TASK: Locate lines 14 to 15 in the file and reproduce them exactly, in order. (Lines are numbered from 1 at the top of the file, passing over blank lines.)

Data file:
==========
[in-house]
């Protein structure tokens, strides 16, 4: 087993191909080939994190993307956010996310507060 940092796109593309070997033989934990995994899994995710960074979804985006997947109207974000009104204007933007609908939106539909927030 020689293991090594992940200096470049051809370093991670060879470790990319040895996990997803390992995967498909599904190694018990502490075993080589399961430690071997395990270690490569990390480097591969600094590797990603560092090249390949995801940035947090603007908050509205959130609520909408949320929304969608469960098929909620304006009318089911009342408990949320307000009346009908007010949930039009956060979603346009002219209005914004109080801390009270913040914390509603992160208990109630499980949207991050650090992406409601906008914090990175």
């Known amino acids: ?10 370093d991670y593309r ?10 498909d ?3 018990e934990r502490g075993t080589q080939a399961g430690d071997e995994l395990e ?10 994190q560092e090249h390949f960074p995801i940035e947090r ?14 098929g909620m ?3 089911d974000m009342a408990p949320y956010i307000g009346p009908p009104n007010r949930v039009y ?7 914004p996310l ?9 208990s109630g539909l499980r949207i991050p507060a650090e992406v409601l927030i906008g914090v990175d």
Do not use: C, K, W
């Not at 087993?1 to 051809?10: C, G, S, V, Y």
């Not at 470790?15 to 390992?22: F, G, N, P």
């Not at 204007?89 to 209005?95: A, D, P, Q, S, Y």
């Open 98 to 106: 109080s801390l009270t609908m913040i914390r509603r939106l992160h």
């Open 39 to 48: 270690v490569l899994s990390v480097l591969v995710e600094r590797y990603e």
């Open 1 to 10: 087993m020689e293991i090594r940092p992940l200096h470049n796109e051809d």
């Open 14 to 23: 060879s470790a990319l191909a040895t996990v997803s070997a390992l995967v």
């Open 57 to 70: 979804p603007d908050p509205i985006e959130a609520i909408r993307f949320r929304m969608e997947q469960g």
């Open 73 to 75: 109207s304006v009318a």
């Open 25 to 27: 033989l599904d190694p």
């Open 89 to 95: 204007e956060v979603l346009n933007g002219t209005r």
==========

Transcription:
């Open 25 to 27: 033989l599904d190694p």
């Open 89 to 95: 204007e956060v979603l346009n933007g002219t209005r």